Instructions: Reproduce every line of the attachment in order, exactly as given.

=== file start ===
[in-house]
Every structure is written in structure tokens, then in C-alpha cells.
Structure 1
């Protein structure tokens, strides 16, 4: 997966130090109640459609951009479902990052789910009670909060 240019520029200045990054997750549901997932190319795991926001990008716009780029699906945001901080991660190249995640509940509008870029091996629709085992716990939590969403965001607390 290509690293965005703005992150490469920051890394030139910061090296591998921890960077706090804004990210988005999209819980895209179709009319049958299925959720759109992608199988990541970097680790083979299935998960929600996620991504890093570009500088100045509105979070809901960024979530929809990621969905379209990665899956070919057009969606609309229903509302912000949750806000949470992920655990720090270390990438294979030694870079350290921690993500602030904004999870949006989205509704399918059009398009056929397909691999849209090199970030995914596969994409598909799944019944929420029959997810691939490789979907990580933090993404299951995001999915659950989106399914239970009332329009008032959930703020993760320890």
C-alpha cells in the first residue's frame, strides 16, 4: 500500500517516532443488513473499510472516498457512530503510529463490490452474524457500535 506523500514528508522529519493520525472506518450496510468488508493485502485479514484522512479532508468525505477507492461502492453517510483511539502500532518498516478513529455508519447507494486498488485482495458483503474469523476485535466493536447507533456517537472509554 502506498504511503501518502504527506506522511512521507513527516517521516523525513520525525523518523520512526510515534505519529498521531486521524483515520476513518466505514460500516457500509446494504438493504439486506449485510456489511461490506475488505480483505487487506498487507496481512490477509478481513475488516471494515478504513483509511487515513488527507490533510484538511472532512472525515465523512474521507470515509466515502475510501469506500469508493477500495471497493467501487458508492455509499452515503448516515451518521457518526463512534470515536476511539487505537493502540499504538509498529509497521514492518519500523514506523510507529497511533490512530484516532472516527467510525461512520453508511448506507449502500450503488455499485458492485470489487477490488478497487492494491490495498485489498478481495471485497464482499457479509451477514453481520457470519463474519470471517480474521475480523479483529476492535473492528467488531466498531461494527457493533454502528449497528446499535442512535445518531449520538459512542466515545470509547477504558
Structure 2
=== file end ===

[in-house]
Every structure is written in structure tokens, then in C-alpha cells.
Structure 1
């Protein structure tokens, strides 16, 4: 997966130090109640459609951009479902990052789910009670909060 240019520029200045990054997750549901997932190319795991926001990008716009780029699906945001901080991660190249995640509940509008870029091996629709085992716990939590969403965001607390 290509690293965005703005992150490469920051890394030139910061090296591998921890960077706090804004990210988005999209819980895209179709009319049958299925959720759109992608199988990541970097680790083979299935998960929600996620991504890093570009500088100045509105979070809901960024979530929809990621969905379209990665899956070919057009969606609309229903509302912000949750806000949470992920655990720090270390990438294979030694870079350290921690993500602030904004999870949006989205509704399918059009398009056929397909691999849209090199970030995914596969994409598909799944019944929420029959997810691939490789979907990580933090993404299951995001999915659950989106399914239970009332329009008032959930703020993760320890």
C-alpha cells in the first residue's frame, strides 16, 4: 500500500517516532443488513473499510472516498457512530503510529463490490452474524457500535 506523500514528508522529519493520525472506518450496510468488508493485502485479514484522512479532508468525505477507492461502492453517510483511539502500532518498516478513529455508519447507494486498488485482495458483503474469523476485535466493536447507533456517537472509554 502506498504511503501518502504527506506522511512521507513527516517521516523525513520525525523518523520512526510515534505519529498521531486521524483515520476513518466505514460500516457500509446494504438493504439486506449485510456489511461490506475488505480483505487487506498487507496481512490477509478481513475488516471494515478504513483509511487515513488527507490533510484538511472532512472525515465523512474521507470515509466515502475510501469506500469508493477500495471497493467501487458508492455509499452515503448516515451518521457518526463512534470515536476511539487505537493502540499504538509498529509497521514492518519500523514506523510507529497511533490512530484516532472516527467510525461512520453508511448506507449502500450503488455499485458492485470489487477490488478497487492494491490495498485489498478481495471485497464482499457479509451477514453481520457470519463474519470471517480474521475480523479483529476492535473492528467488531466498531461494527457493533454502528449497528446499535442512535445518531449520538459512542466515545470509547477504558
Structure 2